With Chief Justice Roberts as the swing-vote, the 5-3 Court rejected three of the provisions for violating the Supremacy Clause. First, the Court reaffirmed that immigration policy is solely within the purview of the federal government. Second, the Court made clear that states are barred from adopting a state-level program requiring undocumented immigrants to report as non-citizens. This is what preempted Section 3, which would have required aliens to carry legal immigration papers at all times. Third, the Court concluded that states may not make it a crime for undocumented immigrants to work or even apply for work, preempting Section 5(C). Fourth, the decision forbids state policies that would lead to deportation of undocumented immigrants who have committed crimes, unless the federal government explicitly asks for such assistance. This wide conclusion undermined Section 6, which directed state police to make warrantless arrests of anyone believed to have committed a crime that could lead to deportation.

However, the Court unanimously allowed Section 2(B) to stand, holding that federal law did not preempt the state’s instruction to check the immigration status of detainees. Because it was unclear if Arizona was supplanting or supporting federal immigration policy with this requirement, the Court held that it was premature to invalidate this provision at this time.

Justice Kennedy’s sweeping statements in his opinion could impact the validity of other states’ immigration laws that imitate or go beyond Arizona’s attempt at “attrition through enforcement.” In contrast, Justice Scalia’s dissent was narrow, arguing that states should have the right to make immigration policies if the federal government was not enforcing its own policies. Justice Scalia discussed, at length, the historic and legal significance of sovereign state rights, and that one of those rights is to "protect their borders from foreign nationals" in the absence of a federal prohibition.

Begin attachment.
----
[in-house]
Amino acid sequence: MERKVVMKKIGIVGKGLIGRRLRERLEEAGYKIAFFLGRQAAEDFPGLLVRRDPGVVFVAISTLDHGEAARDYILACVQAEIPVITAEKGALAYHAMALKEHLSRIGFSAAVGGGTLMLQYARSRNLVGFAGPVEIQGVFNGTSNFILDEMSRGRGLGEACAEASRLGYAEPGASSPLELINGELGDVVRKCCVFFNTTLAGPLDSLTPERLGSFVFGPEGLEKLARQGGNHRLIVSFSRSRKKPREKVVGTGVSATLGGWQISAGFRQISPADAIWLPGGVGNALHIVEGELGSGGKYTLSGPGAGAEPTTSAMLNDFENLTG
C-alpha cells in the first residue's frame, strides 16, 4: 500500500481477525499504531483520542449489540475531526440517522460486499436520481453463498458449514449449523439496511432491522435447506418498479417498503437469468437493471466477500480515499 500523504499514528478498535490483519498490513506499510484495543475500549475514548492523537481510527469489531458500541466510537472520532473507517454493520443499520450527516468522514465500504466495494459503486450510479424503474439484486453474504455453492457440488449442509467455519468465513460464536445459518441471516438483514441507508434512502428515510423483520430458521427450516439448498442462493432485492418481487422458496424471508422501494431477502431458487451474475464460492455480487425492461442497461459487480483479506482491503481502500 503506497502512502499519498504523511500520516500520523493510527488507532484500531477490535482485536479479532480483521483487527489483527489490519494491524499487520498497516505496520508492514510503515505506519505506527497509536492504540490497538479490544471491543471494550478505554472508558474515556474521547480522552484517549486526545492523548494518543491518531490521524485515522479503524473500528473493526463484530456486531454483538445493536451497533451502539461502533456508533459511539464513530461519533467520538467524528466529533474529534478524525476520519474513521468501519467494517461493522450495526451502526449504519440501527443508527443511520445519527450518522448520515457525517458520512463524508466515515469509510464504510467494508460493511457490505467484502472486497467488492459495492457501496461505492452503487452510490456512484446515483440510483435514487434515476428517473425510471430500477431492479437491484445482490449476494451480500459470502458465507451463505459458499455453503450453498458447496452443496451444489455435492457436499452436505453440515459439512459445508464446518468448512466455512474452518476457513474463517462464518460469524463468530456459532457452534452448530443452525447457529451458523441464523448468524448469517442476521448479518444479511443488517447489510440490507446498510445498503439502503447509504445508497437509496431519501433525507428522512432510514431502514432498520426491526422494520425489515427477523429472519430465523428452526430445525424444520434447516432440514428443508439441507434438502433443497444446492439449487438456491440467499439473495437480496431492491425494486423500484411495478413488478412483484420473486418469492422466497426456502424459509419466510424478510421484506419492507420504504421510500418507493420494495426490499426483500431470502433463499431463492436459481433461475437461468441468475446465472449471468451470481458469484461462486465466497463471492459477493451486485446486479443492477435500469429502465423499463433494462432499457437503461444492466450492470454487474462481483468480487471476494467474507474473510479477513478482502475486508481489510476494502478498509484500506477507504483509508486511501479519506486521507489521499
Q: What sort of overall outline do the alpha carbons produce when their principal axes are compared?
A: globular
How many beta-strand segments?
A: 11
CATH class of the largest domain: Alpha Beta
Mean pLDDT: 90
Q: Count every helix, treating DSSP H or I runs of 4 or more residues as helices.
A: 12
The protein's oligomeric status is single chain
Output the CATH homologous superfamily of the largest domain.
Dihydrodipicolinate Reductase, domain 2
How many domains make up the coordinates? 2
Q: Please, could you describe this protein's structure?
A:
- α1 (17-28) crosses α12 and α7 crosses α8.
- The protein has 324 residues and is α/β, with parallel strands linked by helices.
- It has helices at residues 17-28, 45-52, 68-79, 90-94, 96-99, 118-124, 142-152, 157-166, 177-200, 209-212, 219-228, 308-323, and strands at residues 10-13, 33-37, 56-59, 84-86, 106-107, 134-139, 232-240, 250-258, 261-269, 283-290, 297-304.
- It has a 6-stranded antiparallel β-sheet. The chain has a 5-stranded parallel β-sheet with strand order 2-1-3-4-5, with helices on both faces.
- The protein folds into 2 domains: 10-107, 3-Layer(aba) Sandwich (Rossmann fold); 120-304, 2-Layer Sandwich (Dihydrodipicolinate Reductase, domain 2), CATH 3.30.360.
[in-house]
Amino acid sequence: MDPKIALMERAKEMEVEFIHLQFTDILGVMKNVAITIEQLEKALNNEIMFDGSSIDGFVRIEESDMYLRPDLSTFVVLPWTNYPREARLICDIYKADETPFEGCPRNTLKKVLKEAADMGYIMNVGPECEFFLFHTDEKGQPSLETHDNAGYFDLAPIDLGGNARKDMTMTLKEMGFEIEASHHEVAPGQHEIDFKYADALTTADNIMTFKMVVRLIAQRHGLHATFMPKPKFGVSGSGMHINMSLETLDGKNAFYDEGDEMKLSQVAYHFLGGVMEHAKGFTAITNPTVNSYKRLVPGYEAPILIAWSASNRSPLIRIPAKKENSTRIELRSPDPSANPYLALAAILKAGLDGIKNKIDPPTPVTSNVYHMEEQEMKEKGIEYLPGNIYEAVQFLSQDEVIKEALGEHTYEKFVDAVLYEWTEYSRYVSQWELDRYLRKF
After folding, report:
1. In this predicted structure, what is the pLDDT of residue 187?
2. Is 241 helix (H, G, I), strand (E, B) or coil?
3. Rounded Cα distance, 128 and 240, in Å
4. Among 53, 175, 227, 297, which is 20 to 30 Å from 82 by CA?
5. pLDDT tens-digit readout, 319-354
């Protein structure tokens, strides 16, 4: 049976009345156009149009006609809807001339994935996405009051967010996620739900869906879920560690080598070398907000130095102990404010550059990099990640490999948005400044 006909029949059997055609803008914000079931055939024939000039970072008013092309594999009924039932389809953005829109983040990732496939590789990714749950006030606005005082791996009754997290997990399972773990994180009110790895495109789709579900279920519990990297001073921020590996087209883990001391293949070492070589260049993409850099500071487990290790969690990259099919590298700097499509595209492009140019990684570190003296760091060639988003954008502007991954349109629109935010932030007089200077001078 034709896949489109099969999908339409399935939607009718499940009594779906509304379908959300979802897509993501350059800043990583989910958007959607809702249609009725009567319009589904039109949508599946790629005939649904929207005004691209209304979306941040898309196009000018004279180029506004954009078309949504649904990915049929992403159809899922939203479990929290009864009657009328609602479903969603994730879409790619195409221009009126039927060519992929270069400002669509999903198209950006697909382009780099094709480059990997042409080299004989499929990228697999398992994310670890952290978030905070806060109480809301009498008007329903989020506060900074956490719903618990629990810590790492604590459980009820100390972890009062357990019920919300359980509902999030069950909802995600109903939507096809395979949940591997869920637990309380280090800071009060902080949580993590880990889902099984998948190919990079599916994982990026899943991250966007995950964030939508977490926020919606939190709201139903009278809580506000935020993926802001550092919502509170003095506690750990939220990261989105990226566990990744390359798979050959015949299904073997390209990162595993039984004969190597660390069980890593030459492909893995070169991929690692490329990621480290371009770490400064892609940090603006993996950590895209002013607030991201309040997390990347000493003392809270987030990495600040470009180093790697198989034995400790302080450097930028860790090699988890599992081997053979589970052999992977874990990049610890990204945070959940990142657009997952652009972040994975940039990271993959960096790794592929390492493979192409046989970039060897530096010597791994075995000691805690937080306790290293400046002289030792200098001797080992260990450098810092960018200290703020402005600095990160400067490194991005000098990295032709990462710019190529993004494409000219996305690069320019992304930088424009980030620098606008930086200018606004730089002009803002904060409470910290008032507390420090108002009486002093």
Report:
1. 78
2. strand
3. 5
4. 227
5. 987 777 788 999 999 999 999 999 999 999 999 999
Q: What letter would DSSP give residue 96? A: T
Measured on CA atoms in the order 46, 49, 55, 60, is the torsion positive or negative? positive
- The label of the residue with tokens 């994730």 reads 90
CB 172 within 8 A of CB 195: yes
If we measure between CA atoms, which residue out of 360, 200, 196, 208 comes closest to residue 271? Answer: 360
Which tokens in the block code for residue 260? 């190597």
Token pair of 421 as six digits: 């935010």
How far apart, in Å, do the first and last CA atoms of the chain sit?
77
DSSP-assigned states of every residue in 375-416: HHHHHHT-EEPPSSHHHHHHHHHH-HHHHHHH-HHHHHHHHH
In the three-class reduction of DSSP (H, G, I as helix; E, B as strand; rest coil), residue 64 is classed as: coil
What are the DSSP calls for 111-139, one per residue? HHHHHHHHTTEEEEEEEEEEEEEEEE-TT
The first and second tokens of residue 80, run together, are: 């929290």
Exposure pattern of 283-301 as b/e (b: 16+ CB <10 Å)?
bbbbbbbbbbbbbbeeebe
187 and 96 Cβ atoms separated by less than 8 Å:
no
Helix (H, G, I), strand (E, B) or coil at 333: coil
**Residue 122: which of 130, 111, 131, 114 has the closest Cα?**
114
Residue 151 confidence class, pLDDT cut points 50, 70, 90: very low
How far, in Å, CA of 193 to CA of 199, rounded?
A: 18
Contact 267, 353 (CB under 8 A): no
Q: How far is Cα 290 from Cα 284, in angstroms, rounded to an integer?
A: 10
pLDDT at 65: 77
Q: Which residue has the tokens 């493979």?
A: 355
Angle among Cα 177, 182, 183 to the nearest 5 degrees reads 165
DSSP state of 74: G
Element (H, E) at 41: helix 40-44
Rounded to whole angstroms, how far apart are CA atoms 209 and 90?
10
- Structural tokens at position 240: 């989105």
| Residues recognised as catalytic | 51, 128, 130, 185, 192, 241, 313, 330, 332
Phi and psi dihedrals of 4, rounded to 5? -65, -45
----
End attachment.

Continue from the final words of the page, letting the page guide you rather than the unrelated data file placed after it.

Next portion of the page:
In 2010, Congress enacted the Patient Protection and Affordable Care Act (26 U.S.C. § 5000A) in order to increase the number of Americans covered by health insurance and decrease the cost of health care. The law was the largest and most controversial legislative achievement of President Obama’s first two years in office.

Twenty-six states, several individuals, and the National Federation of Independent Business challenged the constitutionality of the individual mandate and the Medicaid expansion [National Federation of Independent Business v. Sebelius (11-393), together with Dept. of Health and Human Services v. Florida (11–398) and Florida v. Dept. of Health and Human Services (11–400)]. The key issue before the Court was the individual mandate, which requires most Americans to maintain “minimum essential” health insurance coverage. Those who do not comply with the mandate must pay a “penalty” tax to the Internal Revenue Service. Another provision brought before the Court was the expansion of Medicaid coverage to more low-income individuals.

The Court voted 5-4, but split unconventionally: Chief Justice Roberts was joined by Justices Breyer, Ginsburg, Sotomayor, and Kagan, while the supposed swing vote, Justice Kennedy, joined Justices Scalia, Thomas, and Alito in the dissent. Chief Justice Roberts ruled that the individual mandate failed to pass constitutional muster under the Commerce Clause, but the penalty was a tax that the government had power to impose. Thus, under Congress’ Taxing Power, the individual mandate survived. With regards to the Medicaid expansion provision, the Court’s ruling gave states flexibility and the choice to not expand their Medicaid programs without threat of financial penalties. The federal government could withhold new funds if a state refuses to participate in an expanded program but could not revoke federal funds from current, existing programs.